“Without Misprocessing, God Is Obvious Everywhere”

If an average person looks at a low energy, even unloving, painting he will be put into that negative state. But if he closes his eyes for, say, a few minutes, then he will behold it as an Instance of God.
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“The Matrotrophic Photographer”

From the Greek tropos, a turning, is derived our tropism, a turning movement of an organism. So phototropism is an organism, especially a plant or a tree, turning towards the light. And as a photographer, I turn to the light: always aware of it, always relating to it.
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“The Relationship, Not the Name”

I dislike the word subject for whatever, whoever, I photograph. It is so cold, clinical – and can have a sense of being subject to me, as if I am in command, its master.
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“A Name for My Artwork”

I have been looking for a word to use for all my pictorial endeavors: painting, photography, and the placing – or throwing – of objects to then be photographed. I cannot find one in English. So I am led to the Chinese shih hua.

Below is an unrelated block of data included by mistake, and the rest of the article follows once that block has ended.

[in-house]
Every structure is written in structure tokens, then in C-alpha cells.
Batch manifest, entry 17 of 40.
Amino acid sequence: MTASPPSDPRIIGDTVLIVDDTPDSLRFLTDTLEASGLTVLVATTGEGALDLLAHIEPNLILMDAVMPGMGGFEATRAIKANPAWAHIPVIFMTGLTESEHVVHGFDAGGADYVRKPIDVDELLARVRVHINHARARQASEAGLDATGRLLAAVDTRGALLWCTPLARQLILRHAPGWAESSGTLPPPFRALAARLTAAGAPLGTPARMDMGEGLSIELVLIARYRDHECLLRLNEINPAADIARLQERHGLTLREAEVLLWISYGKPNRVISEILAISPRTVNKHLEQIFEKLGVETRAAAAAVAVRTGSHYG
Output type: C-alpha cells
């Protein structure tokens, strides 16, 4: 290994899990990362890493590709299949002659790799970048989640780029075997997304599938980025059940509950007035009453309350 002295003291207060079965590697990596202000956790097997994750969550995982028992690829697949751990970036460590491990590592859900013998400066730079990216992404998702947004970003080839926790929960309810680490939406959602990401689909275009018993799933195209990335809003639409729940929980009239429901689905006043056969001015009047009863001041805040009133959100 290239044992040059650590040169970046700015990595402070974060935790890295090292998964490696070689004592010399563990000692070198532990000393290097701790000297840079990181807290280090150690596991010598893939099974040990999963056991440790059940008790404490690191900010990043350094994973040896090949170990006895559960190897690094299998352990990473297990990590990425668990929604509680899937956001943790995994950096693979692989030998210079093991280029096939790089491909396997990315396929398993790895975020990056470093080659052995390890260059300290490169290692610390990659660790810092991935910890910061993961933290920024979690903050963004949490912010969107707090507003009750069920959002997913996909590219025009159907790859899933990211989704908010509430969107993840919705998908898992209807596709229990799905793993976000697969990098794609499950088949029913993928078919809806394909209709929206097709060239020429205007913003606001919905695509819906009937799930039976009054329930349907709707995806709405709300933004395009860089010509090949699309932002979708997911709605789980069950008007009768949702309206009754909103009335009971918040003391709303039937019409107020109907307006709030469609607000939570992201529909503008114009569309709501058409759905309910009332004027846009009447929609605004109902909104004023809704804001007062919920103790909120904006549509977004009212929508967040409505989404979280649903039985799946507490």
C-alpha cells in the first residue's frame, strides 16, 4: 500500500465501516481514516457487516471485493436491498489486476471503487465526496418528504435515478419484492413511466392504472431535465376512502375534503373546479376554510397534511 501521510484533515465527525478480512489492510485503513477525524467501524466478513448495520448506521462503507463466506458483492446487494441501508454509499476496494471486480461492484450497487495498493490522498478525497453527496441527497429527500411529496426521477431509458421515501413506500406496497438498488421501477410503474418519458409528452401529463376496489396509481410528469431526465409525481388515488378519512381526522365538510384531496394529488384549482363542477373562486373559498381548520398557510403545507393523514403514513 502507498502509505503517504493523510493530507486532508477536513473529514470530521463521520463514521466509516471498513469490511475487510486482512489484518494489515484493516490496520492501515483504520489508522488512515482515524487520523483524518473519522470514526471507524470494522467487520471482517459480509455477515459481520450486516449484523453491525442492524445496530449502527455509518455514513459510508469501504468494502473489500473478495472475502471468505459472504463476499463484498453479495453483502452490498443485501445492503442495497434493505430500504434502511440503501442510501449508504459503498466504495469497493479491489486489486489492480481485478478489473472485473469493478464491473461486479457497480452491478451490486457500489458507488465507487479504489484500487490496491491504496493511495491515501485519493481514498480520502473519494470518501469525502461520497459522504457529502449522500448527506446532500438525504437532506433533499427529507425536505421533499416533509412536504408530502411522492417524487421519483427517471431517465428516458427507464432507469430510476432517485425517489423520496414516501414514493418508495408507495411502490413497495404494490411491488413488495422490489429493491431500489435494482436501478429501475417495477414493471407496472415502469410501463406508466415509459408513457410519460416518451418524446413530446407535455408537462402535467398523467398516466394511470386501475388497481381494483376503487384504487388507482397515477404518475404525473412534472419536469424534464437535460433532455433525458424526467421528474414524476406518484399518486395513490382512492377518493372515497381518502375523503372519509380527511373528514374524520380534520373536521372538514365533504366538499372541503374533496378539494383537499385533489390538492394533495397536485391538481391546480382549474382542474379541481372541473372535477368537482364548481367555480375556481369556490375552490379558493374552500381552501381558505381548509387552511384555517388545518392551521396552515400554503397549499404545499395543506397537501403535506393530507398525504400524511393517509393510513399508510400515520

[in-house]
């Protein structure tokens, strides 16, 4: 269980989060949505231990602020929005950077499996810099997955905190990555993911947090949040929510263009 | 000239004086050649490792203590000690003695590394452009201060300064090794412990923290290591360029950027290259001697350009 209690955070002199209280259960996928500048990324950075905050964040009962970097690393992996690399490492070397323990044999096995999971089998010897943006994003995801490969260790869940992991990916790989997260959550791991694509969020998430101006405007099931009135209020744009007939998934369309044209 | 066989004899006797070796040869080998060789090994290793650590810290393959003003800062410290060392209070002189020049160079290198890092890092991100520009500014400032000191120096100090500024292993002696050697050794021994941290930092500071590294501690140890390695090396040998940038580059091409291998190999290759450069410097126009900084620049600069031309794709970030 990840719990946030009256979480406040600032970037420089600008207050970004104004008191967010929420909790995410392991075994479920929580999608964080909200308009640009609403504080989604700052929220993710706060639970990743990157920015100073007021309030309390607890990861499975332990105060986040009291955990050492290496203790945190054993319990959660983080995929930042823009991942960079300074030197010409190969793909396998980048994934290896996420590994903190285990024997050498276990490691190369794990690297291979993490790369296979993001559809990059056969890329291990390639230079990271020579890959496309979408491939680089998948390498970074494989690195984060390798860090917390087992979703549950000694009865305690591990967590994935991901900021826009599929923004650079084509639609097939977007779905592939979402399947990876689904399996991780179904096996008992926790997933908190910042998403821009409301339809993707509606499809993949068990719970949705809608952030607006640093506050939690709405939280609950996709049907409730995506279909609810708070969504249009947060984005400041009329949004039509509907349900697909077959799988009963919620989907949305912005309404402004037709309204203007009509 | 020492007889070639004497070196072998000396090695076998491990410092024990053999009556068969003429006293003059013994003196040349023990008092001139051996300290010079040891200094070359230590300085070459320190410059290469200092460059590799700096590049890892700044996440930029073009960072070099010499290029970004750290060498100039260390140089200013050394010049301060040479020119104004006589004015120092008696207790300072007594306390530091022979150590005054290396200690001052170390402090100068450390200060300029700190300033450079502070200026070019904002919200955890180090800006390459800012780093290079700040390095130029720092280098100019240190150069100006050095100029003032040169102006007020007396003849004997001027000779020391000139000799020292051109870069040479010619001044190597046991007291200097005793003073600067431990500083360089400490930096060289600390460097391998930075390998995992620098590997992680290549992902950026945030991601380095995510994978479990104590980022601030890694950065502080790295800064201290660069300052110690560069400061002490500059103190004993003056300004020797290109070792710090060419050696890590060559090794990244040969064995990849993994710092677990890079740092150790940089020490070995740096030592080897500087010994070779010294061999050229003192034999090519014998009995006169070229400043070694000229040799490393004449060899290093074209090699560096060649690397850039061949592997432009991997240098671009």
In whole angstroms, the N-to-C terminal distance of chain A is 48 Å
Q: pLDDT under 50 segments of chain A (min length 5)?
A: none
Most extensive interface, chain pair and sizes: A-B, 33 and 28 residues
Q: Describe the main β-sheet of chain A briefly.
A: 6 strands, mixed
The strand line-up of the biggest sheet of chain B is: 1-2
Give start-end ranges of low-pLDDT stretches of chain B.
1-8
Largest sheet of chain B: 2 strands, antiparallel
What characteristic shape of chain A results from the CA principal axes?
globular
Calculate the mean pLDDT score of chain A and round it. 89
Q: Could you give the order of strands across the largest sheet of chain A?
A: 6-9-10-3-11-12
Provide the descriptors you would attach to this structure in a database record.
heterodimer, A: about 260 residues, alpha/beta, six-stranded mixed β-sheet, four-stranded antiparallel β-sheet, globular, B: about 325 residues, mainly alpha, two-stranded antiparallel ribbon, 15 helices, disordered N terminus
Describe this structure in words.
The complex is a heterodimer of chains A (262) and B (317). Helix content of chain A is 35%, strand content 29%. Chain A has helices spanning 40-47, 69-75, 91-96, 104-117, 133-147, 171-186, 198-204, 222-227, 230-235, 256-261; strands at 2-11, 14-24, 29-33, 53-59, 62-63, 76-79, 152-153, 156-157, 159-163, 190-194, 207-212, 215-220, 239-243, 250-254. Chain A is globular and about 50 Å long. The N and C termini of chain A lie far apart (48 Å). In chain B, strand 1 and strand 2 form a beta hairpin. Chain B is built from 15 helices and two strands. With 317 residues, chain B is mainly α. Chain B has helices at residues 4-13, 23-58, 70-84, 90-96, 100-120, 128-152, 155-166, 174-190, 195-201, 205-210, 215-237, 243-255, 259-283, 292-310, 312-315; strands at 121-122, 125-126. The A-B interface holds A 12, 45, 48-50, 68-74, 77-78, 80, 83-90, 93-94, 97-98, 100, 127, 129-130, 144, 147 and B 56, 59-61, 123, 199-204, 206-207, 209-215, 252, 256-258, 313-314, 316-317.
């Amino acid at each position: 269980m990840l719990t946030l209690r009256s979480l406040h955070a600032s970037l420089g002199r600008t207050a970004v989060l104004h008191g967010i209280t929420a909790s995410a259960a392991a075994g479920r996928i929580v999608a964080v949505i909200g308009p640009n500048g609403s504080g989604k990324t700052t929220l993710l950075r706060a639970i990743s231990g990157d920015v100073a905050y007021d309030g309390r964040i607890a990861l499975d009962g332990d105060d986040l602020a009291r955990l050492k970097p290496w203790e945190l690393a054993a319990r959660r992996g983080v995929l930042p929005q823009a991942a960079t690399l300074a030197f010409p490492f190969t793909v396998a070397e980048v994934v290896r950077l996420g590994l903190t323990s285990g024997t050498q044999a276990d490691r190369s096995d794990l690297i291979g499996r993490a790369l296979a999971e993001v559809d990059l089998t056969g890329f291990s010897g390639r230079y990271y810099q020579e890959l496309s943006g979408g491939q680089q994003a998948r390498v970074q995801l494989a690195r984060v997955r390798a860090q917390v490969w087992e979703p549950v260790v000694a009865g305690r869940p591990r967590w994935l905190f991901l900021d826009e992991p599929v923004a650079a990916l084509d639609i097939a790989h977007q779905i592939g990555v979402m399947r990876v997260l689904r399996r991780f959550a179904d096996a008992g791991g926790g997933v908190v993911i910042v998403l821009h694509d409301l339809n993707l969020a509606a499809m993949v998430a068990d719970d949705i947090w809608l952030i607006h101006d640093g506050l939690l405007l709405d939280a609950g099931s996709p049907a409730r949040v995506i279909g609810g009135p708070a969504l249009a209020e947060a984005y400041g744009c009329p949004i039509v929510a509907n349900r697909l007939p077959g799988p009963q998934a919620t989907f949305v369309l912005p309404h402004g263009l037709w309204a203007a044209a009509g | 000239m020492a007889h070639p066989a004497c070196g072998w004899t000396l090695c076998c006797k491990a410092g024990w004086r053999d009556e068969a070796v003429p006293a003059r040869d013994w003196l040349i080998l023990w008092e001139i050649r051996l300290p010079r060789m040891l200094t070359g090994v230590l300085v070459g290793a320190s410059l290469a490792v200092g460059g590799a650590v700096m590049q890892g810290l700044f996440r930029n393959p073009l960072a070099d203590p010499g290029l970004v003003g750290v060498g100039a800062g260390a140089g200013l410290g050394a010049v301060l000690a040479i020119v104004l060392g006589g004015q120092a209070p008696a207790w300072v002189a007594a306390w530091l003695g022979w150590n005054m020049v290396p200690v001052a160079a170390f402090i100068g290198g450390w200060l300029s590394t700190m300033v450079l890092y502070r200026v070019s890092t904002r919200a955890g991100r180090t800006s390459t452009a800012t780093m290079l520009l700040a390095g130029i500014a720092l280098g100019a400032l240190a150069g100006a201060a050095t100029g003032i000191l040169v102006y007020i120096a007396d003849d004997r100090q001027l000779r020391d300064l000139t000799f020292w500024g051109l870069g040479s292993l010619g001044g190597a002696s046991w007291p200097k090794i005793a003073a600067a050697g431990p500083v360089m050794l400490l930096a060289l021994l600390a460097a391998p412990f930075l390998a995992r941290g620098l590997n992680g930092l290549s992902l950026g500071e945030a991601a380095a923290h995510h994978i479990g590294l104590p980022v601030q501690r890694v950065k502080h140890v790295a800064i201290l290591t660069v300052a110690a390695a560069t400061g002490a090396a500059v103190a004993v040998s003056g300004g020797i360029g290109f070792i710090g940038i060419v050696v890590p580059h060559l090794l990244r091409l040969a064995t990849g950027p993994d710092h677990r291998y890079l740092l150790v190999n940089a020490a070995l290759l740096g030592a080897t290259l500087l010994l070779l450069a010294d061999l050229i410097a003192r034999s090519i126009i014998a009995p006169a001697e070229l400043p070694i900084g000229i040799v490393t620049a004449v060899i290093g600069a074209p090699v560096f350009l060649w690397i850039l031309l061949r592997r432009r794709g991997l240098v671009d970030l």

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“At the Supermarket”

Outside the supermarket I was immediately attracted to – by – some wondrous patterns on a white traffic line. Of course, I started to photograph them.
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“What Could Be More Extra-Ordinary?”

What could be more Extra-Ordinary?
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“Tendaifying the Twig”

A new word: Tendaify. The Japanese Buddhist sect of Tendai that originated in China as T’ien-tai, was brought to Japan by Saicho (767-822). Its central thesis is “the notion that the absolute is inherent in all phenomena, and that each separate phenomenon is but one manifestation of an unchanging reality.”
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“Every Photo an Affirmation of Her”

The old Afghan photographer accosted me outside the camera store. Gripping my arm – he seemed like the Ancient Mariner – “Photography is Light!,” quoth he.
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“Seeking the Buddhahood of the Subject”

Saicho (766-822), the Japanese founder of the Tendai school, taught of the Buddhahood of all phenomena. Whenever I photograph, I seek the Buddhahood of the subject, whatever it may appear to be.
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